Shadowruns Returns was the successful Kickstarter game made by some of the original developers of the series. While like other games in the series it has made some concessions from it's shift from the tabletop to the PC, as a game on it's own, it's a fantastic throwback to turn-based strategy RPGs like Fallout 1 and 2. While it doesn't have the shiniest of graphics, the art design is really nice, and the characters stand out really well, helping you to delve into the Shadowrun's mix of cyberpunk and fantasy.
The game starts you off by letting you customize your character for the campaign and to their credit, you get quite a few options with the five races available (human, dwarf, elf, orc, and troll) with plenty of looks and designs to pick from whether you play a male or female. Level progression takes the same approach since while there are predetermined classes you can optionally take, you're also free to pursue no class and spend points as you like. Either way, the rest of the game lets you spend Karma (experience points) as you like, give you a chance to branch off into different powers as you progress through missions.
The base campaign included "Dead Man's Switch" is a fairly good story, giving you a taste of Shadowrun's setting of shadowy figures, sudden twists in the mystery, and lots of grey choices. Fans of the series including fans of the older video games will be pretty happy with some of the cameos and supporting characters in the game as well, but even if you're new the game does a good job of introducing you to the world.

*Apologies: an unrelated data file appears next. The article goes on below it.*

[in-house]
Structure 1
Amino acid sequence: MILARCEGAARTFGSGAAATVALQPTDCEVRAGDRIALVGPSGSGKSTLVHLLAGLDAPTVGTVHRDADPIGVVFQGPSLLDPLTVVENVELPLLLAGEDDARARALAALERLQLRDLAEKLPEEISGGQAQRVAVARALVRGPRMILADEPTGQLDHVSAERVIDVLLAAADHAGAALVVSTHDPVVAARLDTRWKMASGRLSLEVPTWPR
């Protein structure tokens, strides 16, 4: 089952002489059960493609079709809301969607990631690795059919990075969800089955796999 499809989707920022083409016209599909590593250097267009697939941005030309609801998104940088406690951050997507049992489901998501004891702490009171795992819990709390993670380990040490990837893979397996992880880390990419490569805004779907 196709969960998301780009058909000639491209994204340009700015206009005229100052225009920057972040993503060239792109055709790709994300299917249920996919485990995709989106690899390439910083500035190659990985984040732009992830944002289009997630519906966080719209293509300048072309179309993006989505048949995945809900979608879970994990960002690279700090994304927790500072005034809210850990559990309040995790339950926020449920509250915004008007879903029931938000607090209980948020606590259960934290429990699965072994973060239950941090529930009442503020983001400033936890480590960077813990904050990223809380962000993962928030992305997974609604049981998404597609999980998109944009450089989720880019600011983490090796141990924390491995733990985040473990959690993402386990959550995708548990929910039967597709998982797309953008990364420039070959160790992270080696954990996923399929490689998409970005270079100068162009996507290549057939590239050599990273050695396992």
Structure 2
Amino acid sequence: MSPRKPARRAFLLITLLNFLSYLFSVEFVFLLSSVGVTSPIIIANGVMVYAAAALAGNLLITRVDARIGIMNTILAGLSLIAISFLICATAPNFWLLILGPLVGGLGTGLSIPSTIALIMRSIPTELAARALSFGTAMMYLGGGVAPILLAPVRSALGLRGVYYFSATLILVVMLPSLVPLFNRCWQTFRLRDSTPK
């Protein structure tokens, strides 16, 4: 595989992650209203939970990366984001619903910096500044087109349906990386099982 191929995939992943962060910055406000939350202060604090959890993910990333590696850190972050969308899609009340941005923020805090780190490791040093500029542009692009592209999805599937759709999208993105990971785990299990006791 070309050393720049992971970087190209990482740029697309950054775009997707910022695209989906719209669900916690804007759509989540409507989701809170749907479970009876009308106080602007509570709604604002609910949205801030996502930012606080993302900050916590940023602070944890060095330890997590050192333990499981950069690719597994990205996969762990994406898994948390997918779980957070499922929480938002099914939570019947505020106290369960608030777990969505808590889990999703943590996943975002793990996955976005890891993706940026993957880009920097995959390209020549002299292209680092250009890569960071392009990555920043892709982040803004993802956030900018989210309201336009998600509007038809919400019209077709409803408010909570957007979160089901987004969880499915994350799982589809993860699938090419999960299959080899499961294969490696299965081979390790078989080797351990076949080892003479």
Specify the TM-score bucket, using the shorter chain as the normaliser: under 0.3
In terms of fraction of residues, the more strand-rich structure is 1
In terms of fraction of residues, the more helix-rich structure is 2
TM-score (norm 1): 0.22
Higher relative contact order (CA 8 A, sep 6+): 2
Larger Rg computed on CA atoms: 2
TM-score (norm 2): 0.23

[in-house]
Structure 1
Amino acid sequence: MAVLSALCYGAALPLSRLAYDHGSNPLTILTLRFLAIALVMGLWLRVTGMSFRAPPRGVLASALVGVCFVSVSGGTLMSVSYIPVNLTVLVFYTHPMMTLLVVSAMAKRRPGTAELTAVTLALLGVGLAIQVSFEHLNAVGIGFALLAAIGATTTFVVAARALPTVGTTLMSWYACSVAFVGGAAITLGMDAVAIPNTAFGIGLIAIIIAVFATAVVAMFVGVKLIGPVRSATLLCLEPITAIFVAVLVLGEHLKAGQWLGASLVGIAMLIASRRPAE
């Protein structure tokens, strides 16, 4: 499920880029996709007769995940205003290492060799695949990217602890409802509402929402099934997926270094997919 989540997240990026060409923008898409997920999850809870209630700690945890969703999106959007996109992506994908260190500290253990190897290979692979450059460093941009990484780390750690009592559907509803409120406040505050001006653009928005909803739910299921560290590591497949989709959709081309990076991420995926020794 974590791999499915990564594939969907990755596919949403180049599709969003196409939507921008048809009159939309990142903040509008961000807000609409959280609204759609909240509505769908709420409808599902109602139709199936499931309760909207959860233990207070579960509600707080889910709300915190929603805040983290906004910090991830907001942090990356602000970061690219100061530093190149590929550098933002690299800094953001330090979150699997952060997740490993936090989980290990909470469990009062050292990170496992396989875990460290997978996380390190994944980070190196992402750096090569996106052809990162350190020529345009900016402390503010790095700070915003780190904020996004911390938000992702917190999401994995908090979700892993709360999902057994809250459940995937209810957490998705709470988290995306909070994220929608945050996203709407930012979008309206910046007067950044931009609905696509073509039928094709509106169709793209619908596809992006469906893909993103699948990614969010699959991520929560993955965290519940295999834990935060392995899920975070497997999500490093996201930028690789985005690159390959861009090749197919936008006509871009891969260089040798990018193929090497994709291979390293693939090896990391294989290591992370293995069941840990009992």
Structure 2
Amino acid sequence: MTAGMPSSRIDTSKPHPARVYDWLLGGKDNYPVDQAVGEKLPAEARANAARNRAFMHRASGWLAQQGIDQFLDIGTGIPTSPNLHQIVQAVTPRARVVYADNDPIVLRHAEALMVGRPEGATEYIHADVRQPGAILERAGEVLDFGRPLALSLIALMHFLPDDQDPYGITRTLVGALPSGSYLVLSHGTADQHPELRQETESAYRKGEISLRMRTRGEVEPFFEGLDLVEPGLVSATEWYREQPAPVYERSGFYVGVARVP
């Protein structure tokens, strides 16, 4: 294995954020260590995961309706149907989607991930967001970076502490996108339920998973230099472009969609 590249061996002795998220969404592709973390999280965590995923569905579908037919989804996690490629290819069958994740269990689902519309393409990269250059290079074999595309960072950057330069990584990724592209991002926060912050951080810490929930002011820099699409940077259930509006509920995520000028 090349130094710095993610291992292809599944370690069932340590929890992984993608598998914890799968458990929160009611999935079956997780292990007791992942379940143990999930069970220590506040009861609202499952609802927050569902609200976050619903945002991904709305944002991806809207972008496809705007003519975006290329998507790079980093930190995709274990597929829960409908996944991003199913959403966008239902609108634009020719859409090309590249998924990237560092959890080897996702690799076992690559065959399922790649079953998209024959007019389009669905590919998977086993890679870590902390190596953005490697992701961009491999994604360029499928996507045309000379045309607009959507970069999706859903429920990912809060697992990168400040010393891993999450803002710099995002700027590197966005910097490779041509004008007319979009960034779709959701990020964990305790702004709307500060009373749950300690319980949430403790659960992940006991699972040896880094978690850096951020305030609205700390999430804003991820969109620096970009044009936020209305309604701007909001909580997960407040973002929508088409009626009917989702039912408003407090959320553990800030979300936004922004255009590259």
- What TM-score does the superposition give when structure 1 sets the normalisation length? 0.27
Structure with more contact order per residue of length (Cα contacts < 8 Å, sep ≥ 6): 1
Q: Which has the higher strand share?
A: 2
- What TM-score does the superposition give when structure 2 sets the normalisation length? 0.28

As for general gameplay, it's a turn based strategy RPG which in many respects mirrors the newer X-Com: Enemy Unknown's combat system with cover and overwatch mechanics being a big part of the game. I'd say the "magic" skills are a bit more useful in Shadowrun though whether you're blowing people up or supporting your heavy with extra turns and accuracy. There are a few more options compared to X-Com where you can build yourself to be able to summon allies to boost your party's numbers either with drones or spirits. The game also has a second world mechanic of sorts as well with deckers being able to delve into computer systems to invade electronic security systems or to steal precious data. While this is a neat idea, I'd say combat within the Matrix is a bit lacking and samey, unfortunately. Thankfully while it can be useful, it isn't necessary most of the time if you end up nothing being a big fan of decking either.
Overall though, is it worth it? Yes indeed, especially if you're a fan of Shadowrun or just turn based strategy RPGs in general. In the time since release a lot of the issues such as auto-saves and whatnot have been fixed, it's a lot closer to being like the tabletop game, it looks and especially sounds great, and most importantly is just some gritty fun. Give it a go if you've ever wanted to punch out a troll with a cybernetic arm! Also give a look at the DLC campaign Shadowrun: Dragonfall which is an excellent companion to the base game.